• E-mail Terry Keenan
What's the connection between Lucky Charms and the Dow Jones Industrial Average? Well, lately the price of one has been going up, while the price of the other has tumbled.
Last Tuesday, General Mills announced that it was raising prices on its cereals — including Lucky Charms, Cheerios and Chex — by shrinking the size of the box. In other words, far fewer green clovers for the buck. On that very same day, Wall Street seemed to have found religion when it came to the building forces of inflation; the market began a three-day swoon that took the Dow down 410 points. Since then, inflation and interest rate worries have continued to batter stocks around the globe.
A coincidence? Maybe, but when it comes to everyday items, the price of a box of cereal ranks right up there with a gallon of gas as a key cost-of-living barometer for the average U.S. household.
And the price of cereal is going up, way up — right along with just about everything else in your grocery cart. In fact, retail food prices are heading for their biggest annual increase in more than a decade, up almost seven percent since the start of the year, compared with just a 2.1 percent rise for all of 2006. If prices continue to rise at this pace, it will be the biggest year for food price increases since 1980.
The push for bio-fuels, led by ethanol, is a big reason behind the runaway food prices. Ethanol now consumes 18 percent of the nation's corn supply (up from 10 percent five years ago) — and that has corn prices through the roof. The growing middle classes in India and China have put pressure on prices as well.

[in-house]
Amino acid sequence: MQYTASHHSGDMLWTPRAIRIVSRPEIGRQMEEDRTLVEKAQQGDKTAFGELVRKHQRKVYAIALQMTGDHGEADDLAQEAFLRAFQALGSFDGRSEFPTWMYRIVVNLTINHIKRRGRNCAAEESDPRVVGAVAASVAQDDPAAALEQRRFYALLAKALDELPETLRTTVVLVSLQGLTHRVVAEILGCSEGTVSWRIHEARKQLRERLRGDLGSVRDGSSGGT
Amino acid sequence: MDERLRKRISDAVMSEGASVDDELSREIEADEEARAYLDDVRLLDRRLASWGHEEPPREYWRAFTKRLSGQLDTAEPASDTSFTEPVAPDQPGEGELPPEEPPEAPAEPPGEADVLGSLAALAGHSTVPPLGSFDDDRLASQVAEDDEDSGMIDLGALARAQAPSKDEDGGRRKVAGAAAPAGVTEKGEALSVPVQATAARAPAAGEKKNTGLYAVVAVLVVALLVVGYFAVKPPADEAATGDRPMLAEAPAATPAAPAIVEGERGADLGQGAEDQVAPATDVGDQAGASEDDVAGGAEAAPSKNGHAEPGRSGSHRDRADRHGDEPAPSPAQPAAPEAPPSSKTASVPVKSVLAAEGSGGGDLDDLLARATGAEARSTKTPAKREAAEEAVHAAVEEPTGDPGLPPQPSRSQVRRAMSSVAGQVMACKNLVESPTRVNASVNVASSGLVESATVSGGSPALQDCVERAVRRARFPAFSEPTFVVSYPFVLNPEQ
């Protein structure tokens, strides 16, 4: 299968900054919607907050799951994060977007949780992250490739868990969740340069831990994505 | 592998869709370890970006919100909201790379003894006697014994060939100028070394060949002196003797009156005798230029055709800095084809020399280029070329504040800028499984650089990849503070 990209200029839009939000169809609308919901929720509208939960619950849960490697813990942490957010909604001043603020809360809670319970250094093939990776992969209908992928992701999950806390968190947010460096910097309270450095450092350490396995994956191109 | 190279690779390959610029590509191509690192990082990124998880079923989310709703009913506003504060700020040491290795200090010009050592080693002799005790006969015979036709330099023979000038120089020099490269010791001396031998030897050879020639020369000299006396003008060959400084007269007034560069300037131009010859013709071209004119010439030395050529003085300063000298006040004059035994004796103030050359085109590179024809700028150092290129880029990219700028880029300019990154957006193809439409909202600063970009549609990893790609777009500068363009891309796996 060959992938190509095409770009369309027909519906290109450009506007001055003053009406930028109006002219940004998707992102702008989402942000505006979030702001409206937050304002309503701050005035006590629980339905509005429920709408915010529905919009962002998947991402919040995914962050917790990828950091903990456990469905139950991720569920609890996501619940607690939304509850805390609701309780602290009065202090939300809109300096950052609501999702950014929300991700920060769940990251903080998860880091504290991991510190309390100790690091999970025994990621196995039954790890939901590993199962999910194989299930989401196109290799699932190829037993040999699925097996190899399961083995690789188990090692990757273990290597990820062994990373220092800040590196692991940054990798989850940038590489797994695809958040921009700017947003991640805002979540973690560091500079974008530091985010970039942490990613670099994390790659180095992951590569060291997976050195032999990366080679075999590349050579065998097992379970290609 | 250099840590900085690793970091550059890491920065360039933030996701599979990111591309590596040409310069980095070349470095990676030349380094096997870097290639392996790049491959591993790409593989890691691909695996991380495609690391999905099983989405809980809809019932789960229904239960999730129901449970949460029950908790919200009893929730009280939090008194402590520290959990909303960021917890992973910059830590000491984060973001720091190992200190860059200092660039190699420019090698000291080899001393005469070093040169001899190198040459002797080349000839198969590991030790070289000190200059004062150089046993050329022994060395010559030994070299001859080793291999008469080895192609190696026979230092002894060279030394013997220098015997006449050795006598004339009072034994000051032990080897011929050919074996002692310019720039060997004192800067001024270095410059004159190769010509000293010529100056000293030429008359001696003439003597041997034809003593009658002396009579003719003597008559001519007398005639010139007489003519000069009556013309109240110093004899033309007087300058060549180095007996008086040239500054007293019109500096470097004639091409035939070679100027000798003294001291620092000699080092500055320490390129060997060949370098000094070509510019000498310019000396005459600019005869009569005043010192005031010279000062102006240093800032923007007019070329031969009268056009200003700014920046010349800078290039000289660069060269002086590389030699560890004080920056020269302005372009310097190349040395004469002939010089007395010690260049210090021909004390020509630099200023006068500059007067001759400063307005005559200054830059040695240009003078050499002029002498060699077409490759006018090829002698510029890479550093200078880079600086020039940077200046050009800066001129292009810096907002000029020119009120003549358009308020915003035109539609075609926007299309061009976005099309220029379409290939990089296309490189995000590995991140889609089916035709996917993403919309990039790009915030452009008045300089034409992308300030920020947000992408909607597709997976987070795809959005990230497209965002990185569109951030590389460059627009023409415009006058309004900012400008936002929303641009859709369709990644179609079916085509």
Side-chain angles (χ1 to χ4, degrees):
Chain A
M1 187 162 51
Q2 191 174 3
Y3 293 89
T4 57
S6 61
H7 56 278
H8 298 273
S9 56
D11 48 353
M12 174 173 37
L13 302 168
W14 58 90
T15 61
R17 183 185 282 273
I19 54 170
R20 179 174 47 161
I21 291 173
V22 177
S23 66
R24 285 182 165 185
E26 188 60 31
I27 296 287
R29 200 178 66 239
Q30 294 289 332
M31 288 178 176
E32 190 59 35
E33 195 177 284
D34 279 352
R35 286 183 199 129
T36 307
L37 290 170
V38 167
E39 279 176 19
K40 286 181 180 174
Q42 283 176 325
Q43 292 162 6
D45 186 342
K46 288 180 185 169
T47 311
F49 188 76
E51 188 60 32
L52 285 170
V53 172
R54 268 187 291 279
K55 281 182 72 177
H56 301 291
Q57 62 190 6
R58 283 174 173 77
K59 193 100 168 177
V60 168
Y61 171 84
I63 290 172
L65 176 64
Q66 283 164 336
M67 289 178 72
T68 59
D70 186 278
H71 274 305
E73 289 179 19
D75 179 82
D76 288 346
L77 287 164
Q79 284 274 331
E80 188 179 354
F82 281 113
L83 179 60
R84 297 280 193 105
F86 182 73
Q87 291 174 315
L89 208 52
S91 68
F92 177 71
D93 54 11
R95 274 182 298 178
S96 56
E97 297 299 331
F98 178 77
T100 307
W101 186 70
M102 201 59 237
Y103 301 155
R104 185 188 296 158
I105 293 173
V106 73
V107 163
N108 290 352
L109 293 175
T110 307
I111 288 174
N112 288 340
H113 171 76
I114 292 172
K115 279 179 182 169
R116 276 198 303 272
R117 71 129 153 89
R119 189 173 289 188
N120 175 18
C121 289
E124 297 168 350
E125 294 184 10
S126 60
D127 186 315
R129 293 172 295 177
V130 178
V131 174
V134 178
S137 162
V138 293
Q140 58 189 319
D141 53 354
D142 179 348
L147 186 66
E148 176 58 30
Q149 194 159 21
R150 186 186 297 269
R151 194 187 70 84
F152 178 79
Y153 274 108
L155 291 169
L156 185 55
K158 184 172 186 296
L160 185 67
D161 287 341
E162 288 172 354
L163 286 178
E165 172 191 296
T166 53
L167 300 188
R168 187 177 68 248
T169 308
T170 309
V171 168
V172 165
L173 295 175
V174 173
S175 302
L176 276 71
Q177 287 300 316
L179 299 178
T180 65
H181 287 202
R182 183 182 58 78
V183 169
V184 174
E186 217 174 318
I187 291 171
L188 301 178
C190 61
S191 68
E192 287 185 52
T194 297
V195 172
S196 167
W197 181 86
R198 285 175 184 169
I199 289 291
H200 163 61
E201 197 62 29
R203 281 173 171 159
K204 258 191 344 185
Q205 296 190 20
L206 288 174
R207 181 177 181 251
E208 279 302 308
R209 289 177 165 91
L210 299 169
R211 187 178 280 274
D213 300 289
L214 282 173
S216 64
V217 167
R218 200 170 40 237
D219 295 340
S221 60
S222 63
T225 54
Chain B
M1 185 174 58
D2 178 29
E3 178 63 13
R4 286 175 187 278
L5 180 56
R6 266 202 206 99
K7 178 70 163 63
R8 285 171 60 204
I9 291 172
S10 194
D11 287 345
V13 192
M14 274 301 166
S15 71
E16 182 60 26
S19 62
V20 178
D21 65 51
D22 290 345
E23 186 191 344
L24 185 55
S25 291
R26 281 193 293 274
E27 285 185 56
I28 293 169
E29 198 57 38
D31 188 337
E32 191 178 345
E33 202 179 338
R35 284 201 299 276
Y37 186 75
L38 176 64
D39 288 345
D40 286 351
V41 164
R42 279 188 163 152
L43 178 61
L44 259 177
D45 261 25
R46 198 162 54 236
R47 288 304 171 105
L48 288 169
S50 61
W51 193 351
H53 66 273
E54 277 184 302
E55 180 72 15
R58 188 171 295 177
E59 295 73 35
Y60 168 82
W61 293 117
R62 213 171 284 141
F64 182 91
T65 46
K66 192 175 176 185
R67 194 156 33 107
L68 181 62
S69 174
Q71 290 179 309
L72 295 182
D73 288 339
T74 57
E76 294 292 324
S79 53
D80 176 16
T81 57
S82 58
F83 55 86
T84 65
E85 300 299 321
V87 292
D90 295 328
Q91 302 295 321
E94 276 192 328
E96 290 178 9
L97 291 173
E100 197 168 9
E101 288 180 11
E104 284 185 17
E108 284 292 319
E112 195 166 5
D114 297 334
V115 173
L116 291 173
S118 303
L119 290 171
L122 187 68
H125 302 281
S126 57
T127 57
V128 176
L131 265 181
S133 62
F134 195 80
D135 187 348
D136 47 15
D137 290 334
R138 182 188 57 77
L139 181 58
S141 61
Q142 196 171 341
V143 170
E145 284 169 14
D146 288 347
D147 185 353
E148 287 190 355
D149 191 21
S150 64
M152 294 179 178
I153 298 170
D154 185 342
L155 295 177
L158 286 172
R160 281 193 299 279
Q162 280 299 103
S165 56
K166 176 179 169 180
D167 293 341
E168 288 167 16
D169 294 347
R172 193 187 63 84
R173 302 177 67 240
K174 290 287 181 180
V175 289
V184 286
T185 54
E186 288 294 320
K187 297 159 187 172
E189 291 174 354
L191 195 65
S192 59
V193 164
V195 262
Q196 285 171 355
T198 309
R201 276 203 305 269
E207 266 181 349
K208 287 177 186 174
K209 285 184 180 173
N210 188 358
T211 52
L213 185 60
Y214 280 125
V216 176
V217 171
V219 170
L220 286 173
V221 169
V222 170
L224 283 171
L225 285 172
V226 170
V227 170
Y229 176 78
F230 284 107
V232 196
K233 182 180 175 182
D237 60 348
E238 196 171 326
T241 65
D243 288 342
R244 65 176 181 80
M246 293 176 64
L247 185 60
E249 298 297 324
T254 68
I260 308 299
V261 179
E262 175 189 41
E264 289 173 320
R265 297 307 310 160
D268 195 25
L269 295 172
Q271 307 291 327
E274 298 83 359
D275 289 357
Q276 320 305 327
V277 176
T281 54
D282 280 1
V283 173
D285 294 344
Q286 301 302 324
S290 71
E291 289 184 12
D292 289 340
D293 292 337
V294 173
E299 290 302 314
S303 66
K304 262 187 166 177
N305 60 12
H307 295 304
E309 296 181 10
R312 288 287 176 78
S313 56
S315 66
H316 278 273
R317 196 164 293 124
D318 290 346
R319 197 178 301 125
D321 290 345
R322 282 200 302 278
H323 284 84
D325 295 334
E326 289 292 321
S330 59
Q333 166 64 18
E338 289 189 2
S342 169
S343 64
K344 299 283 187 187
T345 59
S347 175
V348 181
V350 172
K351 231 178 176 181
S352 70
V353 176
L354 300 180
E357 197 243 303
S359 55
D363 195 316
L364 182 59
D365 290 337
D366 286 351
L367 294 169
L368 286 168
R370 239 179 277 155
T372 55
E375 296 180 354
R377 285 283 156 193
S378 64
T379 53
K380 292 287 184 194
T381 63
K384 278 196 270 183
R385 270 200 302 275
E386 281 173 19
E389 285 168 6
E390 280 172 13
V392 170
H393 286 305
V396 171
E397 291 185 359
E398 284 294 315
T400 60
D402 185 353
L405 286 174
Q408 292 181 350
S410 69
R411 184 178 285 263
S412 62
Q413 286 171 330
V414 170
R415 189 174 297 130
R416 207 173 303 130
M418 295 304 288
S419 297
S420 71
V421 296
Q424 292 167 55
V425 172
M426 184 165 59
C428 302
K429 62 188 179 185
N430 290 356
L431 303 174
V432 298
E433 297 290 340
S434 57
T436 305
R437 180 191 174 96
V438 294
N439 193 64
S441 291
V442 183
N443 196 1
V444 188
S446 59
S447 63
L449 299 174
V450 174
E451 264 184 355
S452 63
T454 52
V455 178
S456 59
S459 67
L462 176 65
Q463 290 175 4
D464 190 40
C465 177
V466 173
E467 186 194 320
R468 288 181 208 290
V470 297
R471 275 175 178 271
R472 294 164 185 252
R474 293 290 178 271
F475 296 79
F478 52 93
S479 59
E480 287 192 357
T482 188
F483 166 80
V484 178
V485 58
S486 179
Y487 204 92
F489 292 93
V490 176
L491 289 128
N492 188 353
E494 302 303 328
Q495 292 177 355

The bottom-line is that food price increases can now be found in almost every aisle: eggs are up 18 percent from a year ago; bread, eight percent; milk, 13 percent; and orange juice, 33 percent. With food accounting for about 15 percent of the average household budget — compared with just seven percent for gasoline — food inflation packs quite a punch.
Which brings us back to Wall Street and the inflation fears stalking the stock market. With fuel and food prices rising far more than the official consumer price index numbers, it's becoming increasingly difficult for Bernanke and Company to rationalize that it's only the so-called core rate of inflation (minus food and fuel) that matters. Indeed, last month the head of research at the Dallas Fed warned that such a practice makes the Fed look like it is out of touch with average Americans.
Whether or not it had anything to do with General Mills raising its prices last week, Wall Street and the Fed are now clearly on inflation watch, and long-term interest rates are marching toward their biggest one-month pop in years.
Even bond guru Bill Gross of PIMCO — the man who controls more IOUs than anyone in the world — got in on the act last week, warning that U.S. inflation is likely to accelerate over the next few years.
Was Gross also channeling Alan Greenspan, who is now a highly-paid consultant at PIMCO? Hard to tell, but for Greenspan, who has been getting a lot of heat for his prognostications lately — who better than Bill Gross to get his message across.
Either way, whether you're feeling it at the breakfast table, or in your portfolio, inflation is starting to bite. Just some food for thought.
Terry Keenan is anchor of Cashin’ In and is a FOX News Channel business correspondent. Tune in to Cashin' In on Saturdays at 11:30am and find out what you need to know to make your money grow and keep what you already have!